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Project Silk Road Map

This topic presents a road map that will help you locate the appropriate guidance topics within Project Silk: Client-Side Web Development for Modern Browsers.

About the Topic Areas

To help you find relevant content, this document divides the topics into particular areas, and then drills down into each of them. It provides a brief overview of the topic area, followed by considerations and recommendations for each topic area and the location of the relevant guidance content. The high-level topic areas are:

The following sections describe the content and reference materials for each of these topic areas.

Immersive Web Applications

There is a spectrum of web applications being built today. While there are many types of modern web applications that address many different needs, they all have some common characteristics.

What are the different kinds of web applications?

Technology Choices

The Project Silk team built the Mileage Stats Reference Implementation (Mileage Stats) using JavaScript, jQuery, jQuery UI, the BBQ plug-in, the jqPlot plug-in, Ajax, Modernizr, QUnit, ASP.NET MVC, xUnit.net, Moq, the Entity Framework, Unity Application Block, HTML5, and CSS3.

What are the technology choices I should consider when building a web application?

What do jQuery and jQuery UI offer?

Mileage Stats

Mileage Stats is a comprehensive sample application demonstrating a real-world, interactive, cross-browser, consumer-facing, rich web application. This reference implementation is intentionally incomplete, but does illustrate the core concepts, design patterns, coding patterns, security requirements, web technologies, and unit testing necessary to be successful. Below you will find the locations of material that will answer the following questions.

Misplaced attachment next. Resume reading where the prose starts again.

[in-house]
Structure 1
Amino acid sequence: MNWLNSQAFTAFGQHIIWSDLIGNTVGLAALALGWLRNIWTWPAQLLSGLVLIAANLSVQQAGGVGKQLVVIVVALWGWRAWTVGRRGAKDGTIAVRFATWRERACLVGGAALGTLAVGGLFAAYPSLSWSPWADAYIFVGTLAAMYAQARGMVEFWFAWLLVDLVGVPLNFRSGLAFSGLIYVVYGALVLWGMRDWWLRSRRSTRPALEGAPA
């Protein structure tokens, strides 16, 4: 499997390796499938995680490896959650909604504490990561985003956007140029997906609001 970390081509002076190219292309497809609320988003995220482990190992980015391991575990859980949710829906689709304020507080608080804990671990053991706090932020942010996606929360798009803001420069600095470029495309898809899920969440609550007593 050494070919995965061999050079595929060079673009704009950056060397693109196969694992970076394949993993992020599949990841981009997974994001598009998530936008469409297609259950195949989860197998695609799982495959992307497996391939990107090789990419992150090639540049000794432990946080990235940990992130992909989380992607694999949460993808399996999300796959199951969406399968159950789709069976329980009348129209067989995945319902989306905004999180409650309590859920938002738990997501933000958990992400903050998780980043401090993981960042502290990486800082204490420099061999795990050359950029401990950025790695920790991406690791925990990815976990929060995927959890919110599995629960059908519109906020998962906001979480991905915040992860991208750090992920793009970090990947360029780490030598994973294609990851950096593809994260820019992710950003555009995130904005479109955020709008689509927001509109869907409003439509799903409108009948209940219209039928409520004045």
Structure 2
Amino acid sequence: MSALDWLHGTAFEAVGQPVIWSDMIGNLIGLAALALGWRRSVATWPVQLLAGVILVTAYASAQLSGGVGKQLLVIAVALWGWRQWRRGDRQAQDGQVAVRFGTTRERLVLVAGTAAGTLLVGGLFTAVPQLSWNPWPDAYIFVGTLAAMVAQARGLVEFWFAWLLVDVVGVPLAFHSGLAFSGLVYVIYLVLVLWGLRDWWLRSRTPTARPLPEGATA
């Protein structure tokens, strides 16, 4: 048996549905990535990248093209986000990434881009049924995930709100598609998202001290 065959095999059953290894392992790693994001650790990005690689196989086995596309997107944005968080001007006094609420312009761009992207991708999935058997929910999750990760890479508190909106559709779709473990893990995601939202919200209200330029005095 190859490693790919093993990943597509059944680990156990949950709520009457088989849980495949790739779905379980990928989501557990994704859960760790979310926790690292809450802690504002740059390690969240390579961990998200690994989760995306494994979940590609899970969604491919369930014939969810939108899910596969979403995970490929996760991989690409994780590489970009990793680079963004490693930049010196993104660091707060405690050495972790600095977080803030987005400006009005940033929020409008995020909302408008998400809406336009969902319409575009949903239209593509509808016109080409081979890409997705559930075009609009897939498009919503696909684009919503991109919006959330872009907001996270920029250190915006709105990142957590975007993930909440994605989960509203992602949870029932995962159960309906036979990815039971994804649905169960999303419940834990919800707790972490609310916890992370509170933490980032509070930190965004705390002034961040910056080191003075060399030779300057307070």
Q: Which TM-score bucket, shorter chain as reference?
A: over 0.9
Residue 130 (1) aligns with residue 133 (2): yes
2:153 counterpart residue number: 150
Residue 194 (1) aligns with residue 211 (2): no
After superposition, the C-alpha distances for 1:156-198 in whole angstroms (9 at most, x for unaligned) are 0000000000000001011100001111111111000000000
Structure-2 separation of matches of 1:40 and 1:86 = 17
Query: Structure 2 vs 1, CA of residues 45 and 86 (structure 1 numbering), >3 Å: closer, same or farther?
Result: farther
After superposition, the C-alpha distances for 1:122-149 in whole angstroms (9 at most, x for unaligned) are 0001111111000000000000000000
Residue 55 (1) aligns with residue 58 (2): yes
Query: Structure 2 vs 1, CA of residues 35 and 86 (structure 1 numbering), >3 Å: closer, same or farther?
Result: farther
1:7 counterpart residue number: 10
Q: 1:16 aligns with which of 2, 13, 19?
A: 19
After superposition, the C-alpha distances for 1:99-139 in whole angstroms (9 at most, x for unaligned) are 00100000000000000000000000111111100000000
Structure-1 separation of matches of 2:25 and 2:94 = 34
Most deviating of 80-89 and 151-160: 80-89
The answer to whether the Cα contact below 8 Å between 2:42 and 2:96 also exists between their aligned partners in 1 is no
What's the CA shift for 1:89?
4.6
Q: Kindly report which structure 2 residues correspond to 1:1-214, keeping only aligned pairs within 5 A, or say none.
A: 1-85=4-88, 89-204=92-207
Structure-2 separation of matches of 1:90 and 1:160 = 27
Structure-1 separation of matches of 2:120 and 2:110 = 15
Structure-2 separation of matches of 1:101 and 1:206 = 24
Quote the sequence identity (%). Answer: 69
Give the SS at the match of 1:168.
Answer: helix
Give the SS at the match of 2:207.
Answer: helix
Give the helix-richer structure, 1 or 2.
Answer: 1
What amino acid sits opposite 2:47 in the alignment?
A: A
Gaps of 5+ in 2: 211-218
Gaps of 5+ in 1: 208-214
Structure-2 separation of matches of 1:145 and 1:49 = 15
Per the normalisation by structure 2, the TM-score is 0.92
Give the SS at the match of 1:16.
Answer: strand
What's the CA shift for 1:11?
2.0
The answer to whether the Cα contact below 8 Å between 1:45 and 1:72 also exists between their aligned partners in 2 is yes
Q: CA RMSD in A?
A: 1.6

What is Mileage Stats?

How do I install Mileage Stats?

How did the design of Mileage Stats evolve?

How does Mileage Stats implement modularity?

How does Mileage Stats manage and centralize application data requests?

How does Mileage Stats cache data?

How does Mileage Stats use data- attributes?

How does Mileage Stats generate HTML dynamically?

How does Mileage Stats generate jQuery templates?

How does Mileage Stats choose between various communication options?

How does Mileage Stats implement direct method invocation between widgets?

How does Mileage Stats raise and handle events?

How does Mileage Stats implement pub/sub?

How does Mileage Stats keep users within a single-page interface?

How does Mileage Stats modify the URLs sent from the server?

How does Mileage Stats respond to the user clicking on a link?

How does Mileage Stats manage the browser's history?

How does Mileage Stats coordinate widget transitions between the various layouts?

How does Mileage Stats animate screen transitions?

How does Mileage Stats implement Pinned Sites?

What does Mileage Stats server-side architecture look like?

How does Mileage Stats implement the Repository Pattern?

How are data annotation attributes used in Mileage Stats?

How does Mileage Stats implement authentication?

How does Mileage Stats validate input?

What security measures were implemented in Mileage Stats?

What tools were used to facilitate unit testing in Mileage Stats?

What is an example of a unit test on the client side in Mileage Stats?

What is an example of a unit test on the server side in Mileage Stats?

Widgets

When building rich, client-side web applications, some of the visual elements on the page will naturally take on roles, responsibilities, and state. A concept that is central to jQuery UI is the widget.

What is a widget?

What is an example of a widget?

How do I define and apply widgets?

How do I manage the lifetime of widgets?

How do I define default options that permit overrides and change notifications?

How do I decouple widget behavior?

How do I define and use public methods, properties, and events?

How do I use private methods to improve the readability of the code?

How do I define a variable that's available to all instances of the widget, but nowhere else?

How should widgets communicate with each other?

How do I inherit from a base widget?

UI and UX Design